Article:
Portrait of the week | 17 March 2016

Home In the Budget, George Osborne, the Chancellor of the Exchequer, kept talking of the ‘next generation’. He outlined cuts of £3.5 billion in public spending by 2020, to be ‘on course’ to balance the books. Personal allowances edged up for lower taxpayers, with the higher-rate threshold rising to £45,000. A ‘lifetime Isa’ for under-40s would be introduced. Corporation tax would go down to 17 per cent by 2020. Small-business rate relief was raised: a ‘hairdresser in Leeds’ would pay none. Fuel, beer, cider and whisky duty would be frozen. To turn all state schools into academies (removing local authorities from education), he earmarked £1.5 billion. He gave the go-ahead

Sixty years on

The book of the year has long been a favoured genre in popular history, and is a commonplace today. While a book of hours endlessly recycles, the point of the book of the year is change, the more the better. There is an implied contest between years — you say 1917 is the most important; I trump you with 1940, or 1968 or 1979…. It is at once a rather silly genre, potentially nothing more than a dreary compendium of novelties, and one with distinct possibilities, as illustrated by both these books taking on 1956, one globally, one for Britain. Simon Hall’s approach is to write the story of a

Portrait of the week | 5 November 2015

Home The all-party Foreign Affairs Committee urged David Cameron, the Prime Minister, not to press ahead with a Commons vote on British air strikes against Islamic State positions in Syria. At its conference, Scottish Labour adopted a policy of opposition to Trident renewal, though Kezia Dugdale, its leader, remained in favour, while the Labour party in the United Kingdom as a whole favoured retaining the nuclear deterrent, though its leader, Jeremy Corbyn, opposes it. Britain was smothered in fog, except in Wales, where temperatures on 1 November reached a record 22˚C. A man had his ear bitten off in a pub in Aberystwyth on Halloween. Shaker Aamer, a Saudi citizen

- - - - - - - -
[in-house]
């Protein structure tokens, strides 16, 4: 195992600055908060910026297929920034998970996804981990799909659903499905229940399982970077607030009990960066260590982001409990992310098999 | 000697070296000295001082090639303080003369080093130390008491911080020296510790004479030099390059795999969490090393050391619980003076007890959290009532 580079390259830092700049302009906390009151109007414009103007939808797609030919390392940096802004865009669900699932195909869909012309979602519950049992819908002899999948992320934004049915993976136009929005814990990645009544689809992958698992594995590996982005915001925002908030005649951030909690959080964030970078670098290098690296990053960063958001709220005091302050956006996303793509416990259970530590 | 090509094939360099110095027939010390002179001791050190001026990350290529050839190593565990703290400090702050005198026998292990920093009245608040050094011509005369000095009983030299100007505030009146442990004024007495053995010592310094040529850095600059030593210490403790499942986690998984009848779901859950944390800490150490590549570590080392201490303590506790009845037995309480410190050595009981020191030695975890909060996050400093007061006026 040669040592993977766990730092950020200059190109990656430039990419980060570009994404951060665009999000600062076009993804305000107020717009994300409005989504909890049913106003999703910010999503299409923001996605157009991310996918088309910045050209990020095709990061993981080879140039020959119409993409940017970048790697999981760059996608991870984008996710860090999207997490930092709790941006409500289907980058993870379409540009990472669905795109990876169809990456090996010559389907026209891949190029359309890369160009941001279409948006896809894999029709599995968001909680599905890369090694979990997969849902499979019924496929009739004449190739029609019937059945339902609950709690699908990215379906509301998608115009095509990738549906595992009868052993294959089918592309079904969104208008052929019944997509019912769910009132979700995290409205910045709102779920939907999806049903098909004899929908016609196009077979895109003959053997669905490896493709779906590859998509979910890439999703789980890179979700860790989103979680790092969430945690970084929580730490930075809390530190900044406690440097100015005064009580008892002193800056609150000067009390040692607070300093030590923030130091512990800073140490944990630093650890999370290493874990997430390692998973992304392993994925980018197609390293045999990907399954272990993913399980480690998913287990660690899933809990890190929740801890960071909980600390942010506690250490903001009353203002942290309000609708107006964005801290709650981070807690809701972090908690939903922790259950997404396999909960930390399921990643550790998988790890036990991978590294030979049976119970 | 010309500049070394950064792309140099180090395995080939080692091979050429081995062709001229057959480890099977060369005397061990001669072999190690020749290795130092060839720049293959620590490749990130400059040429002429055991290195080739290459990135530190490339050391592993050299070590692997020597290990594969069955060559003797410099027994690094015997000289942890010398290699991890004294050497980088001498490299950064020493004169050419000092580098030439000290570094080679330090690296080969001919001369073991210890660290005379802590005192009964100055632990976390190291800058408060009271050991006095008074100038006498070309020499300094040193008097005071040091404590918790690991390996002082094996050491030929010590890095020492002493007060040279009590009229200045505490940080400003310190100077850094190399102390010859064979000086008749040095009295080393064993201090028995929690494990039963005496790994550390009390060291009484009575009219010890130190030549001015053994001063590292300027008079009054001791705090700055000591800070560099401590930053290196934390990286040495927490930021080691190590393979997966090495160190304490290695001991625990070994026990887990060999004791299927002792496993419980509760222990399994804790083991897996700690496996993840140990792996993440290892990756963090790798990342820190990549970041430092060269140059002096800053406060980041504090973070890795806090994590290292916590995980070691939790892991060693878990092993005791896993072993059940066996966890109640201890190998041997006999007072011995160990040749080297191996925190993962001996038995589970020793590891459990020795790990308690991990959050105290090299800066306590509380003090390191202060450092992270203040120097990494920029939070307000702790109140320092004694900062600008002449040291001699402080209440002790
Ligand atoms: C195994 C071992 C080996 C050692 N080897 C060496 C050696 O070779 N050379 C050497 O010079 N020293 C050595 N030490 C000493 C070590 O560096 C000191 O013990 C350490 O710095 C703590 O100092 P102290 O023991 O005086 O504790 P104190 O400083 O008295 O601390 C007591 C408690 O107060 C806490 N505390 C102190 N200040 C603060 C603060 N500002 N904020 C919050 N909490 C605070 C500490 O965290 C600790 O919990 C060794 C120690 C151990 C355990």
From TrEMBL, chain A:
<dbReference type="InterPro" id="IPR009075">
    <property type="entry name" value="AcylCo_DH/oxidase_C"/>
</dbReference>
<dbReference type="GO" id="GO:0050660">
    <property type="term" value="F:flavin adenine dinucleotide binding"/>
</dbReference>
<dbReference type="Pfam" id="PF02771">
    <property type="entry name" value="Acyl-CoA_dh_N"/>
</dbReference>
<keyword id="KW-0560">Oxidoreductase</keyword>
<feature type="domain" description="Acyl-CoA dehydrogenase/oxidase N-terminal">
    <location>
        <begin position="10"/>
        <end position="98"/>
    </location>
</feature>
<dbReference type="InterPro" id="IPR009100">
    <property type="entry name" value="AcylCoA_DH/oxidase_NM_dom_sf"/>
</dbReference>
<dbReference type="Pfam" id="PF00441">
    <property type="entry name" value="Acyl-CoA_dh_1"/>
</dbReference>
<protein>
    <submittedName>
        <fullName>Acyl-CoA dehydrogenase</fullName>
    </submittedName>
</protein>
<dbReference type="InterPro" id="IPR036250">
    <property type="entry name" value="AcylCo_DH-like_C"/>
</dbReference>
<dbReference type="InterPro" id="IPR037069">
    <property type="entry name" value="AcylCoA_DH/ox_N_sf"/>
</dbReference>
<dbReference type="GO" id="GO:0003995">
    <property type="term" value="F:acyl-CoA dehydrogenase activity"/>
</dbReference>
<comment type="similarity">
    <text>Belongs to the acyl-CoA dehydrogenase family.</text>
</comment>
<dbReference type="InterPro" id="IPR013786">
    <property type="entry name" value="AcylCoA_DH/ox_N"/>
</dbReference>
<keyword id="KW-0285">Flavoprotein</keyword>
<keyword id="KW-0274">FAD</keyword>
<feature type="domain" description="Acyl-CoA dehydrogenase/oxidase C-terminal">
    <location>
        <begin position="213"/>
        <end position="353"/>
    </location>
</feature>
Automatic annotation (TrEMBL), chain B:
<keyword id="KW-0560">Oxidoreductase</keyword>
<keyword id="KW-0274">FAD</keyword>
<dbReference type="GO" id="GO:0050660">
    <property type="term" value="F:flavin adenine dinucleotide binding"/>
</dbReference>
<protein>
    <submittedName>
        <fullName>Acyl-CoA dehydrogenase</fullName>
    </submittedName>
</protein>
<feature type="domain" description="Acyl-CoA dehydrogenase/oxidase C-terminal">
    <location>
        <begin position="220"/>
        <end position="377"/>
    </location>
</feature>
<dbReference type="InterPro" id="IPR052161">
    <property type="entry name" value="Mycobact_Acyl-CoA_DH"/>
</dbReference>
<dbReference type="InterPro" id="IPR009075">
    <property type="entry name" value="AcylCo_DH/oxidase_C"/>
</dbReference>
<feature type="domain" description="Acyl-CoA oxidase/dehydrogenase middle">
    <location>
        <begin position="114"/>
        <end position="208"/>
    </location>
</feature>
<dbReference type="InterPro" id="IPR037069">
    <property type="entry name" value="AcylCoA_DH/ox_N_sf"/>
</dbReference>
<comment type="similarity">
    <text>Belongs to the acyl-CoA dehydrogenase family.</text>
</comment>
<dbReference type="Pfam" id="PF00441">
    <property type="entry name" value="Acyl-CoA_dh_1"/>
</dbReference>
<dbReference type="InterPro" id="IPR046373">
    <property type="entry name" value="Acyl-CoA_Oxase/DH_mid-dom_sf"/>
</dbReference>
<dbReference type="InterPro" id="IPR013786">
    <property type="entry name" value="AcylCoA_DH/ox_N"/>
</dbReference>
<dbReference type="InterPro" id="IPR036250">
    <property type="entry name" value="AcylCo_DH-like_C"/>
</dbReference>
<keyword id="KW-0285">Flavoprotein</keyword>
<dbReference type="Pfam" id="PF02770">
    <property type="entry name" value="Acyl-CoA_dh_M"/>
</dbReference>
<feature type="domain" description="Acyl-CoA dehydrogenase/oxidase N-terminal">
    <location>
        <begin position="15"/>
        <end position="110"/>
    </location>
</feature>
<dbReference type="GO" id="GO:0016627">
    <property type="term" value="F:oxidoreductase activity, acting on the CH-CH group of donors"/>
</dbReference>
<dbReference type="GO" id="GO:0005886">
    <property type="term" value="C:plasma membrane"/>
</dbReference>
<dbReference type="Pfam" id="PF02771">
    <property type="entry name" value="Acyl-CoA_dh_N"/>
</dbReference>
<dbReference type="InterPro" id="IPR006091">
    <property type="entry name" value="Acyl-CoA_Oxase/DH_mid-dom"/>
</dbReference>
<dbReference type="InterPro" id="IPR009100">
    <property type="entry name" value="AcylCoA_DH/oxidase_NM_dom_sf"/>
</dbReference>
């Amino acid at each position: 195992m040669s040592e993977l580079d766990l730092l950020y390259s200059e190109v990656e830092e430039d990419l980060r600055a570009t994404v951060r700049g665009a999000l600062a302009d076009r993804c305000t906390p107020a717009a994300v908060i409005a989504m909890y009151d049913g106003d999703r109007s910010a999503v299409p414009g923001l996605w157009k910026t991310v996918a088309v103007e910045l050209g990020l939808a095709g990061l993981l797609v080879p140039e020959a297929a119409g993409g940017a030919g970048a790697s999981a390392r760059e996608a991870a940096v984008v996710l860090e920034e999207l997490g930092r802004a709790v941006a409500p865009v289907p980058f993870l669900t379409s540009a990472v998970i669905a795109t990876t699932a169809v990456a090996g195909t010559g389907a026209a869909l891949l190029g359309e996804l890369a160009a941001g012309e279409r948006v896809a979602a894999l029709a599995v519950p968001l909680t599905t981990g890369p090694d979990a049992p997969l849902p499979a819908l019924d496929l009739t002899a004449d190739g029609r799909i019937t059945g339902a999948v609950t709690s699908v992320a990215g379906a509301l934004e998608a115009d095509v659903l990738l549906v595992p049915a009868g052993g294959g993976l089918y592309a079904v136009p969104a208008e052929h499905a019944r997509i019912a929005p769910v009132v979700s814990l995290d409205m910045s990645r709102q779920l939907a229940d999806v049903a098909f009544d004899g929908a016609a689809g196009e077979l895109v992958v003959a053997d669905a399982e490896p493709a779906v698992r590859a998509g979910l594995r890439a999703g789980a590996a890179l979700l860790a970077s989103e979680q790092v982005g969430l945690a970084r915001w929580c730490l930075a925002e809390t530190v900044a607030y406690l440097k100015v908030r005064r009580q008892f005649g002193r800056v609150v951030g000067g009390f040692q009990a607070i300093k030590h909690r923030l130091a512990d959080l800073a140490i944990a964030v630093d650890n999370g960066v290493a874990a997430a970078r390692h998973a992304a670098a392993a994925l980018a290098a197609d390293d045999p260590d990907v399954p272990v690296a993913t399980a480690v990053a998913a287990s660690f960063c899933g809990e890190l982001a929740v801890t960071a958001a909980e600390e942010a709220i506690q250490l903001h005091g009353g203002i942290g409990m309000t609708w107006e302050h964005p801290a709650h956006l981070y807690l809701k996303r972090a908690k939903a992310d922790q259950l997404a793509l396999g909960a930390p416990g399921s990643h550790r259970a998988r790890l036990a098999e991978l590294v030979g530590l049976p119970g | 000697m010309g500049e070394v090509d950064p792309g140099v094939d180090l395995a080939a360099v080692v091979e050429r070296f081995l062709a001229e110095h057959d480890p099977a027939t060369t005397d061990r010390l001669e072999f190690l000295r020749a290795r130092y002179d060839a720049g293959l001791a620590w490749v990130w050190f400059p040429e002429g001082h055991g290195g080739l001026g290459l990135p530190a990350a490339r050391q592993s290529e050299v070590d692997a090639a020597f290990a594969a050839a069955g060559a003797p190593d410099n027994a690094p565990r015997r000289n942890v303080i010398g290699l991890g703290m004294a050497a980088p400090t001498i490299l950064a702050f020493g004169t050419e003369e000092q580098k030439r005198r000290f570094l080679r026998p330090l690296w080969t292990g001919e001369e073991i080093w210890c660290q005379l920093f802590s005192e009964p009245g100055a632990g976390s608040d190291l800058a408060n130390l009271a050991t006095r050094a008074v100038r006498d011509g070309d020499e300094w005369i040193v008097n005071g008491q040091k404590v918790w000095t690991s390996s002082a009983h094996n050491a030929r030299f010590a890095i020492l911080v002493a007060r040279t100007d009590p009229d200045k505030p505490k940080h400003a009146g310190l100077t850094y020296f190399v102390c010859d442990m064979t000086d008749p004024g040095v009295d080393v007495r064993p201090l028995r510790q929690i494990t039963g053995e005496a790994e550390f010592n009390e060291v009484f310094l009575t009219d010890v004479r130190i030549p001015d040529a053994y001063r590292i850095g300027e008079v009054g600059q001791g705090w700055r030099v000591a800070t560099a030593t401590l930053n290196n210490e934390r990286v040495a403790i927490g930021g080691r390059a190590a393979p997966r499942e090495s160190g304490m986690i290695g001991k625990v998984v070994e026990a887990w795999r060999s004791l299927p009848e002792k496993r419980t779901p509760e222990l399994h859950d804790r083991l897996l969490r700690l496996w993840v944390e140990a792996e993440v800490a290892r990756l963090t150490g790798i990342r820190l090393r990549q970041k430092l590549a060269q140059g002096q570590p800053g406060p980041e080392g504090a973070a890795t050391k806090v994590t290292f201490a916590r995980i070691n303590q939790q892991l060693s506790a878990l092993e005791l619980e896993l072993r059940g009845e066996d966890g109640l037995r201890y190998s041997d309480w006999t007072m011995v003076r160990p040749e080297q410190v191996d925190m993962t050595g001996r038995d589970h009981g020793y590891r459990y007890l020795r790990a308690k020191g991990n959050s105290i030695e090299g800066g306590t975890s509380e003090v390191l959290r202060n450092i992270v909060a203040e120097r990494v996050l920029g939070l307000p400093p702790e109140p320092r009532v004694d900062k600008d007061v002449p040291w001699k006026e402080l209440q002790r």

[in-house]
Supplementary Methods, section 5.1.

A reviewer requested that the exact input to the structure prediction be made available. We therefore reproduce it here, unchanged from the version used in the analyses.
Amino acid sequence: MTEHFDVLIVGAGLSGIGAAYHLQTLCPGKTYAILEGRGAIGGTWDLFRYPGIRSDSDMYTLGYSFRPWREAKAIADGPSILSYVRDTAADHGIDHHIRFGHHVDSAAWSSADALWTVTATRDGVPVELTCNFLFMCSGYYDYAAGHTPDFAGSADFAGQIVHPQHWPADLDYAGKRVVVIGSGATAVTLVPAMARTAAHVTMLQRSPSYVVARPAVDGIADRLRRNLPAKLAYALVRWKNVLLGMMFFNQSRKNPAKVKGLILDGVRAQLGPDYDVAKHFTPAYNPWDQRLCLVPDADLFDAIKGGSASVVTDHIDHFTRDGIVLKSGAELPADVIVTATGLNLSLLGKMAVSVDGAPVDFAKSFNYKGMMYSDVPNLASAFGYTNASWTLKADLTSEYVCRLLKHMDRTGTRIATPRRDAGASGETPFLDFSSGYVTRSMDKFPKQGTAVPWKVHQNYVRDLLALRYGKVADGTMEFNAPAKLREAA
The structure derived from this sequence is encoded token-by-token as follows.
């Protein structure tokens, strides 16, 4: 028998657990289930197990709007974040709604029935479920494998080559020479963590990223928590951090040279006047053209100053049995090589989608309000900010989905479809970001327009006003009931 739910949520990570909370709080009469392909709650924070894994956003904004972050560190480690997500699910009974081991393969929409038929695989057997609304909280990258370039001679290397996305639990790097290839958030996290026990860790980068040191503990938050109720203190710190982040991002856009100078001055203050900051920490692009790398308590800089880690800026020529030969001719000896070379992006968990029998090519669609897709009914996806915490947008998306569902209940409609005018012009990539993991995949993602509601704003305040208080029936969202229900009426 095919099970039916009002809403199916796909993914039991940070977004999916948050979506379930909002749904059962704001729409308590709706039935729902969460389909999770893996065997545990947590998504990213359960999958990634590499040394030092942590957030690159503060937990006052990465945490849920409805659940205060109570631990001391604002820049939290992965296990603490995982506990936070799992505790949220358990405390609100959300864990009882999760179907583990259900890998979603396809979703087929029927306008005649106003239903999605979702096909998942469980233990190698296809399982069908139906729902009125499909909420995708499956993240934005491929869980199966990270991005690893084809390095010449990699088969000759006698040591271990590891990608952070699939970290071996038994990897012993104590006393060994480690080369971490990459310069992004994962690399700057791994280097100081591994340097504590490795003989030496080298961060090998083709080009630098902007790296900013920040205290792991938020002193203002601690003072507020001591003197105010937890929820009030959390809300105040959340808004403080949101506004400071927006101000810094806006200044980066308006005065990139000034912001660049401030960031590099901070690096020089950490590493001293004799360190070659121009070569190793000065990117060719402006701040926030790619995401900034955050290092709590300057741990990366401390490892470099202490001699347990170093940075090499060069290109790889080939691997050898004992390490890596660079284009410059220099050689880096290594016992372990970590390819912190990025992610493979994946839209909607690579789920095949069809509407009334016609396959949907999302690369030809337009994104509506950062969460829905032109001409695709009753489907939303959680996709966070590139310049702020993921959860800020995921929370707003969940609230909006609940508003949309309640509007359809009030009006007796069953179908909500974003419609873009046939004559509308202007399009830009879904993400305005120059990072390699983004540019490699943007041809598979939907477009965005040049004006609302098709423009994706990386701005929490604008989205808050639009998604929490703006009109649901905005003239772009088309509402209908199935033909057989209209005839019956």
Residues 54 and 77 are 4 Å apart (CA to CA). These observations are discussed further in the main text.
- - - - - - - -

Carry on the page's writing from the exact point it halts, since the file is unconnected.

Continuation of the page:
Coming up for air

The thing that the photojournalist Don McCullin likes best of all now, he tells me, is to stand on Hadrian’s Wall in Northumberland in a blizzard. He made his name in conflicts in Vietnam, Cambodia, Biafra, Uganda — hot places full of fury, panic and death — but these days he finds his greatest solace in the English landscape. I can see why he is drawn to that wild part of Britain: its isolated beauty, the feeling of being roughed up by the elements but not destroyed by them. Clean air, too: you must get a cool, fresh lungful up there. He’s 80 years old in October: talking to him

The Spectator at war: News of the week

From The Spectator, 7 November 1914: THE most important event of the week has been the declaration of war on Turkey by Britain. In the words of the London Gazette of Thursday: “Owing to hostile acts committed by Turkish forces under German officers, a state of war exists between Great Britain and Turkey as from to-day. Foreign Office, November 5th, 1914.” The Gazette also contains an Order in Council annexing the island of Cyprus. The Order points out that the outbreak of hostilities annuls the Convention, Annexe, and Agreement made between us and the Turks in 1878. In addition, the British Fleet during the past week has been busily bombarding

Matthew Parris: I’ve been living with a miracle for 60 years